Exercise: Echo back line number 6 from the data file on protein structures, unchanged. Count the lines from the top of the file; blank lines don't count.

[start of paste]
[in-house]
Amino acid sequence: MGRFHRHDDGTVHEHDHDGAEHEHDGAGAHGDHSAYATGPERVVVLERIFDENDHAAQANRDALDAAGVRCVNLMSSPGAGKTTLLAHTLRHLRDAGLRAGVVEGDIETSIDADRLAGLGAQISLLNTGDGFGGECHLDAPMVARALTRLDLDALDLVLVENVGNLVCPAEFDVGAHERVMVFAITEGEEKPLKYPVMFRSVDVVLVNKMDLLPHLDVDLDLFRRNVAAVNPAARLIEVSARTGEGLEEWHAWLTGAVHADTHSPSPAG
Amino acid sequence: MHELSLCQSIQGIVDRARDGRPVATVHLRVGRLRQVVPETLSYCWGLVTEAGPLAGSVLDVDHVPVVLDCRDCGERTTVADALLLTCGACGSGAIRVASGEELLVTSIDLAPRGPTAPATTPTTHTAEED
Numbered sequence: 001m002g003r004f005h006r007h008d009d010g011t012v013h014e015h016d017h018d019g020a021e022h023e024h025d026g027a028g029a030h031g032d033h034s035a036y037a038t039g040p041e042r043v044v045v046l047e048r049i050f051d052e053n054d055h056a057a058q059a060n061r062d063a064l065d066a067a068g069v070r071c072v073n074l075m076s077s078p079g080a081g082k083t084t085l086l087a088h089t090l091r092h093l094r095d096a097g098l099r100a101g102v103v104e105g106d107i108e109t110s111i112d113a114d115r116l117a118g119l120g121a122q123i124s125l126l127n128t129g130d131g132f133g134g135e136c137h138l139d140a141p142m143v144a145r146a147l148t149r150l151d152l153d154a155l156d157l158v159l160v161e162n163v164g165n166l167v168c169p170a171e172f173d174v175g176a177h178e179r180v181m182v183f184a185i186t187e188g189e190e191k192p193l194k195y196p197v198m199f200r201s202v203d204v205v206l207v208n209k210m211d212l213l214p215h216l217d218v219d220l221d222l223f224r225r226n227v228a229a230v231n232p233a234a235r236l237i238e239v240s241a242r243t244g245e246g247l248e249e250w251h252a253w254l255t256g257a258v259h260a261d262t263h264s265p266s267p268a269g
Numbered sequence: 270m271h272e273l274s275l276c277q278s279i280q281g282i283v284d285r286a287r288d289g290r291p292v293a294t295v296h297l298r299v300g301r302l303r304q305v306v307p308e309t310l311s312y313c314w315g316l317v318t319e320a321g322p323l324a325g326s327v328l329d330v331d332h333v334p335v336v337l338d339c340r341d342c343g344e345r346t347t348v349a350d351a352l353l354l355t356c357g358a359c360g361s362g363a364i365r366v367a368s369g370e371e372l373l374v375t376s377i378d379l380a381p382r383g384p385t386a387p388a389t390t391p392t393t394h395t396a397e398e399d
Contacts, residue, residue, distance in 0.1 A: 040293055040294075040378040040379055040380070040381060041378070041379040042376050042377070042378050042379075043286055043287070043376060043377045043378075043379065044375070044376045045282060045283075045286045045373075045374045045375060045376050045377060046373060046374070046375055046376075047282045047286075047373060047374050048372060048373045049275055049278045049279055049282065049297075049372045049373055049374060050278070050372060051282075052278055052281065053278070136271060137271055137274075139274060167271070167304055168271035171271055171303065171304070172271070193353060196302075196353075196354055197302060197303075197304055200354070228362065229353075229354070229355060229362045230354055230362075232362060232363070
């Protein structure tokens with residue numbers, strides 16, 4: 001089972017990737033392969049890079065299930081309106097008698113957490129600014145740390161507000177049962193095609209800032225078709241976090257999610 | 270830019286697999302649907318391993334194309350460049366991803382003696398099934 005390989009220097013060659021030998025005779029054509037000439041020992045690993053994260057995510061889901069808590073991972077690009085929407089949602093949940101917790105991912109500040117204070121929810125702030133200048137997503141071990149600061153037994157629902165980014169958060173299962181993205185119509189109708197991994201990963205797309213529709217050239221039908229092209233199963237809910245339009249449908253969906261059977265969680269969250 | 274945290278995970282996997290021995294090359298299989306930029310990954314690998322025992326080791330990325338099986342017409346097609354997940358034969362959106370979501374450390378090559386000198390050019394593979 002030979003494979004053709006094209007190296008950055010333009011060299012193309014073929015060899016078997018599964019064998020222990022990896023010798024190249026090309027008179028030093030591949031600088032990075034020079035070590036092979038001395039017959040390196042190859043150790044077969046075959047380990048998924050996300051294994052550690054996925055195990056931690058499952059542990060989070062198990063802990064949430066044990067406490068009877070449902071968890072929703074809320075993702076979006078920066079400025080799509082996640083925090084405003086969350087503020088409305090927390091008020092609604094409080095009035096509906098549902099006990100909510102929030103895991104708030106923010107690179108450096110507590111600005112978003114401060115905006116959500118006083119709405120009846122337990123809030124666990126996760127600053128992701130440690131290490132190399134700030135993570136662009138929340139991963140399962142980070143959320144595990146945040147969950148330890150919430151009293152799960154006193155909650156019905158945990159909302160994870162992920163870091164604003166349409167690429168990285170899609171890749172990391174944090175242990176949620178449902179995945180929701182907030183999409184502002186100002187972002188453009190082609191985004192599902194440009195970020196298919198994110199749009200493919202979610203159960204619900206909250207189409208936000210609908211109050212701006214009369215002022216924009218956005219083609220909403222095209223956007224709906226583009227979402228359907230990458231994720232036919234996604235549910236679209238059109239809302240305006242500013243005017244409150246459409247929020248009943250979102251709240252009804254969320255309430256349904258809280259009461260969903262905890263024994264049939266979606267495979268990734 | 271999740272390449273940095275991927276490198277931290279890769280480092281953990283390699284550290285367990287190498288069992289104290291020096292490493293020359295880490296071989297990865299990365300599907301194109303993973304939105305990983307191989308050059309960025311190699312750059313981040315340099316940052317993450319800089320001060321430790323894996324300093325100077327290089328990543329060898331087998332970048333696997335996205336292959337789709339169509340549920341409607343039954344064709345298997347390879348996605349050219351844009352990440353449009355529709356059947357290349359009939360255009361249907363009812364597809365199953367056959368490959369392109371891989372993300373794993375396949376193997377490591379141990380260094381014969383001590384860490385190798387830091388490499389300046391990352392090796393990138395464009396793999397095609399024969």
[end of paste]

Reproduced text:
Contacts, residue, residue, distance in 0.1 A: 040293055040294075040378040040379055040380070040381060041378070041379040042376050042377070042378050042379075043286055043287070043376060043377045043378075043379065044375070044376045045282060045283075045286045045373075045374045045375060045376050045377060046373060046374070046375055046376075047282045047286075047373060047374050048372060048373045049275055049278045049279055049282065049297075049372045049373055049374060050278070050372060051282075052278055052281065053278070136271060137271055137274075139274060167271070167304055168271035171271055171303065171304070172271070193353060196302075196353075196354055197302060197303075197304055200354070228362065229353075229354070229355060229362045230354055230362075232362060232363070